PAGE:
So help me God, if I hear one more Penn State big shot declare "Never again!" about hazing, I'll scream holy hell from the bleachers of Beaver Stadium.
Because "never again" doesn't mean anything in Happy Valley. Not when it comes to ending the stupid, dangerous, and sadistic rites of passage that too many of the school's Greek chapters inflict on their hopelessly willing pledges.
And that should pertain to all of those rites, not just the binge drinking that led to the February death of PSU sophomore Timothy Piazza.
But let's stay with Piazza, since his death has rattled the school to its blue-and-white core.
Piazza wanted so badly to join Beta Theta Pi that he guzzled his way into a stupor during pledge-night activities and died from injuries he sustained while hammered beyond reason.
On Friday, Penn State's 38-member board of trustees will meet to discuss possible changes to its Greek system to prevent another fate like his.
PSU has not said what those changes might be. But I have little faith that the board's actions will have staying power. As my colleague Susan Snyder has reported, at least 14 of PSU's trustees were in fraternities or sororities as undergraduates – most of them at Penn State – and at least a handful of them have children who were members.
They spoke glowingly of their Greek-life experience. Will personal bias prevent them from seeing that Piazza's death was a tragedy waiting to happen?
I mean, it's not as if PSU didn't know what it had on its hands.
"We know that students in Greek life self-report excessive drinking that is four times higher than the average student," university president Eric Barron wrote in an open letter to PSU's Greek community after Piazza died. "We know that the vast majority of sexual assaults are associated with alcohol and that an association with Greek life yields a sexual assault victimization rate that is 50 percent higher than the average student."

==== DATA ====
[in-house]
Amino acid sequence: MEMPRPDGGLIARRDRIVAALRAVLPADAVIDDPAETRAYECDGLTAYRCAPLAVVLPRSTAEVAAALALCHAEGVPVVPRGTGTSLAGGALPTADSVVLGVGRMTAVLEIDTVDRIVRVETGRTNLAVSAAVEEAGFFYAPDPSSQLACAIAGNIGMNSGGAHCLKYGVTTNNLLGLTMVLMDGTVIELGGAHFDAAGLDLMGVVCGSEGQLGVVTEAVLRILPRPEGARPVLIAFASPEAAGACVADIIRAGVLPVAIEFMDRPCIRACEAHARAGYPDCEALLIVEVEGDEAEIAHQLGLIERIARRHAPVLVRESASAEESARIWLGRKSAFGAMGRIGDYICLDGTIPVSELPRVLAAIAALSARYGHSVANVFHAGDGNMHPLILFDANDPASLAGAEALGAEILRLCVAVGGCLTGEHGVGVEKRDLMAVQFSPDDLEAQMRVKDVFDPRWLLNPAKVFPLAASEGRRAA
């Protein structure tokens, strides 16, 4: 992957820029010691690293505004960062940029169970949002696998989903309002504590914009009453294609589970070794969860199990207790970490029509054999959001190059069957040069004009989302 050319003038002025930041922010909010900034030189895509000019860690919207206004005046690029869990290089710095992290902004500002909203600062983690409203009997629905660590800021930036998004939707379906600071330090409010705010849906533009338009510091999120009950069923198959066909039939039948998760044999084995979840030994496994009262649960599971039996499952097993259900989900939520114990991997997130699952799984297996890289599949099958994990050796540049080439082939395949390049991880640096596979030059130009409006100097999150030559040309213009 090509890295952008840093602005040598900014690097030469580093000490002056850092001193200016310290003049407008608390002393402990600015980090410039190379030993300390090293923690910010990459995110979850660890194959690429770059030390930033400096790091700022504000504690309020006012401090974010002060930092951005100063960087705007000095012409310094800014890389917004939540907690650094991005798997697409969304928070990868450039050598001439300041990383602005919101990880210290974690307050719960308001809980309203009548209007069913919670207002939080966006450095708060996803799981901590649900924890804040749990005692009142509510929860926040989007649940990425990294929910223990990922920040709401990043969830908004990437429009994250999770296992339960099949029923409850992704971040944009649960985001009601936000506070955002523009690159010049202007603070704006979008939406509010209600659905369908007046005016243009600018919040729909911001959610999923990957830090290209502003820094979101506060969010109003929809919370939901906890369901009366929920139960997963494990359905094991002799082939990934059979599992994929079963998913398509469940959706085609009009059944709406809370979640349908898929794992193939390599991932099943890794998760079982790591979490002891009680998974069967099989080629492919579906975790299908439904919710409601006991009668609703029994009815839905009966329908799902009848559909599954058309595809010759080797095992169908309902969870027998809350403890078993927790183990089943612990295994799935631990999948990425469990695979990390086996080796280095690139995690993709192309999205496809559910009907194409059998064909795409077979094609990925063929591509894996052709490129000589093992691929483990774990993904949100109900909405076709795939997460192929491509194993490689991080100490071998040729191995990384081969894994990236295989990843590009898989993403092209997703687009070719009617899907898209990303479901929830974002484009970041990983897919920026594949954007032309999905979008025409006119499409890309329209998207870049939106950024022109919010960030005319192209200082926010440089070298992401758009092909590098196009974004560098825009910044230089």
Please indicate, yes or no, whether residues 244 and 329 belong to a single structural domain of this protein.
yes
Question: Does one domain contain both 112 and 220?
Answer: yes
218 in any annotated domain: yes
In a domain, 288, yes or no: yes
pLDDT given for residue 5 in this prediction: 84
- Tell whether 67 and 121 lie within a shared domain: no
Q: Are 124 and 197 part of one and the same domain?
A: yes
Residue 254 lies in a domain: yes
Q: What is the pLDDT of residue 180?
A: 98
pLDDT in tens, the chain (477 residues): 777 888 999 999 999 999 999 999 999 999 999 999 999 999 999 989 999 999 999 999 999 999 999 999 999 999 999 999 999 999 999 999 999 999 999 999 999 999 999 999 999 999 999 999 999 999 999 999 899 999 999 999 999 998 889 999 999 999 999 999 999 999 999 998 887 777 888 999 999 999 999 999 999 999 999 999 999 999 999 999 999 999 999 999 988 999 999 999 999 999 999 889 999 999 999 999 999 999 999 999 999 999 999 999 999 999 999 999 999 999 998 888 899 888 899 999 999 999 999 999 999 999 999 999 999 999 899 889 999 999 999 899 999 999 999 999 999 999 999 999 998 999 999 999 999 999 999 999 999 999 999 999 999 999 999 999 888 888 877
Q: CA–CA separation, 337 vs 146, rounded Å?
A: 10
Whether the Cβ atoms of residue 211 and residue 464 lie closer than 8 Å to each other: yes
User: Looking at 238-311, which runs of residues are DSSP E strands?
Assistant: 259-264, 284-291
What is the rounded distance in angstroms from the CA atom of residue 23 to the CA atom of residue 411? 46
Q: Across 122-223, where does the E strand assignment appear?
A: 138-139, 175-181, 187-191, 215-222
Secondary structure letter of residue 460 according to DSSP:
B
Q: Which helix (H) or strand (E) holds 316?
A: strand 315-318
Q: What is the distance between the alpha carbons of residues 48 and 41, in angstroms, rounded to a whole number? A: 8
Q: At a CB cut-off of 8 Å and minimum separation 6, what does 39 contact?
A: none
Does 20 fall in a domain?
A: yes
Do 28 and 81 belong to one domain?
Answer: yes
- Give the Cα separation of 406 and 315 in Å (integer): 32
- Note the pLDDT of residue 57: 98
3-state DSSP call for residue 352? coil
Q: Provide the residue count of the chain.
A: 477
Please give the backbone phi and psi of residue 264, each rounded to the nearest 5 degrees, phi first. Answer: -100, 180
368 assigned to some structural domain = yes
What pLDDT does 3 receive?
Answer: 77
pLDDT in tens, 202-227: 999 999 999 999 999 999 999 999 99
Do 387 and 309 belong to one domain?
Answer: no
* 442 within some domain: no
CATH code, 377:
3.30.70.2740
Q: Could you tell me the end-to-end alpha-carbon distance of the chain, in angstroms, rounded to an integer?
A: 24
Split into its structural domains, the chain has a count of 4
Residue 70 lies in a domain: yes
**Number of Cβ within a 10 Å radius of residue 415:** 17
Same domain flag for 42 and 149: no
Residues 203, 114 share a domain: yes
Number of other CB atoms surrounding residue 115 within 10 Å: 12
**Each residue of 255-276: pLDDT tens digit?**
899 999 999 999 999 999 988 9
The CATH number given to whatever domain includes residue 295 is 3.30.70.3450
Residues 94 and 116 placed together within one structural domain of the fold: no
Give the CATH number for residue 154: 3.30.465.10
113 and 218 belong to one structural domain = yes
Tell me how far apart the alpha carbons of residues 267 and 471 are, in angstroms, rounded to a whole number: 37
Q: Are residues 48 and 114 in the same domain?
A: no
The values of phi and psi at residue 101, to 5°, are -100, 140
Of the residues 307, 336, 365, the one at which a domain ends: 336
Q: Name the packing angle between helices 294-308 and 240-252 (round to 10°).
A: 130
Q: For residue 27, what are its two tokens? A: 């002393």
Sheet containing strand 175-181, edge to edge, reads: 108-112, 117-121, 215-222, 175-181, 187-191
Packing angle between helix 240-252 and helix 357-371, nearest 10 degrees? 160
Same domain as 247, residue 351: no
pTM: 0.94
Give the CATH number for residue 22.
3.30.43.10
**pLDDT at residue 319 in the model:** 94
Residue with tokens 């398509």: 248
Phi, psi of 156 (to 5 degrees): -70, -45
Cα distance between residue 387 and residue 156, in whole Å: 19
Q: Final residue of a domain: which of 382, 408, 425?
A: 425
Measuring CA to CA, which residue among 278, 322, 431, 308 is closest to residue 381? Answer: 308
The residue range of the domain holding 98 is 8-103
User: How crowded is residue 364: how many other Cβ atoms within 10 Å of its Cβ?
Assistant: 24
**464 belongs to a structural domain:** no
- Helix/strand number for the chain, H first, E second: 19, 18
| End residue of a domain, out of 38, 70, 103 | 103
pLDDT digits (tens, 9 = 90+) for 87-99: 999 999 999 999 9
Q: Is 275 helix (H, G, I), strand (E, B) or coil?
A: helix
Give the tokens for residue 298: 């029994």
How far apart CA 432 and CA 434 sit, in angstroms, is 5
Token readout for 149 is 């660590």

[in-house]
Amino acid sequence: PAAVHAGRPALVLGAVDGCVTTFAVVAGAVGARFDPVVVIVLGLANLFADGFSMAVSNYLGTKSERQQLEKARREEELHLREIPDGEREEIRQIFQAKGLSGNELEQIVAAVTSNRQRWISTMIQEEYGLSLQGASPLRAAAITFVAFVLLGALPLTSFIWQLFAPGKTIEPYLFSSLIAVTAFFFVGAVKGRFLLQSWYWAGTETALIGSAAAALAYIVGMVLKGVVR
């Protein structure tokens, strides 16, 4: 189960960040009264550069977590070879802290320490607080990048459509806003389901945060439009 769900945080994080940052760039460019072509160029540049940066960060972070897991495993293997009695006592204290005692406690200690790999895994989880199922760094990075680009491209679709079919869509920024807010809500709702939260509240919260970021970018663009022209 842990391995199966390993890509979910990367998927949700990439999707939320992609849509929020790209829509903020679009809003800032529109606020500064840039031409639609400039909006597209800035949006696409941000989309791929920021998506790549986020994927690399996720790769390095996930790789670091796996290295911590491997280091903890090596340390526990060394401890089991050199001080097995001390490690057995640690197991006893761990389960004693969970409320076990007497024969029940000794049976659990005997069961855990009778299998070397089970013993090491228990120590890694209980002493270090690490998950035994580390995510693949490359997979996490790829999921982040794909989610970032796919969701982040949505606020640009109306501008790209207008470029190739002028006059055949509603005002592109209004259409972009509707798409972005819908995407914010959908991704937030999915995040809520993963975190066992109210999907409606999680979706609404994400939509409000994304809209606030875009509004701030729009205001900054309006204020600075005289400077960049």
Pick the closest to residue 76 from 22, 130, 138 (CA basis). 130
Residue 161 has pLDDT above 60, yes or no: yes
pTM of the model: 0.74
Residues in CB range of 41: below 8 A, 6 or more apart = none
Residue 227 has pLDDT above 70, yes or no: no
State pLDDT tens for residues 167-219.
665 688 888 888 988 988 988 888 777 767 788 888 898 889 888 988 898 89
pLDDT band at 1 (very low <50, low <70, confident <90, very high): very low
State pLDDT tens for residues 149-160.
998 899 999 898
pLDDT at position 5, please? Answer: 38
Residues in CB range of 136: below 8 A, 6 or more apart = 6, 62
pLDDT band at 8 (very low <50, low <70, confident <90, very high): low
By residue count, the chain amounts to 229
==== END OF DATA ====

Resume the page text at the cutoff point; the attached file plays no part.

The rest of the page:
Yet it took Piazza's death for PSU to impose what Barron described as "new, more aggressive measures."
Including this one: "No more than 10 socials with alcohol per semester will be permitted for each chapter, a reduction from the current limit of 45, which was established by Penn State's Interfraternity Council."
Wait, 45 times per semester? That's about four a week. How could the university not know it was just a matter of time before some kid's luck ran out?
The school punished misbehaving Greek groups in the past by closing their chapters or forcing them to vacate their houses, Barron noted. And he was stunned that those actions didn't serve as a deterrent to other frats, especially a "model" one like Beta Theta Pi, which had strict guidelines – wink-wink – regarding drinking.
We now know that Beta Theta Pi wasn't a model fraternity at all. It was a speakeasy. Maybe they all are. Yet that analogy seems lost on trustee and 1968 PSU grad Robert Capretto.
"I've heard all kinds of dramatic … responses from people on what should be done" to rein in the Greek houses, he told Snyder. But "you really have to assess it. Somebody drives down Main Street in Philadelphia — a drunk driver — and kills somebody, you can't close all the bars, hotels, and restaurants in Philadelphia."
Well, no. But you can shutter the unlicensed bars run by kids, can't you? You know -- the places not overseen by the Liquor Control Board and subjected to its niggling rules and regulations.
Licensed bars must card drinkers, hold bartenders accountable for knowing when a patron has had too much – and then not serve him another drop. They must adhere to room-occupancy limits so things don't get out of hand. Observe a last call that's actually a last call.
Too many of PSU's Greek houses operate like live-in bars, whose young barkeeps and patrons have none of the wisdom or oversight that might protect them from their worst impulses.
If the board's trustees won't crack down on PSU's fraternities and sororities, the least they should do is own the situation they've created and bring in experienced tavern owners to teach the kids how to run their bars the way the pros do.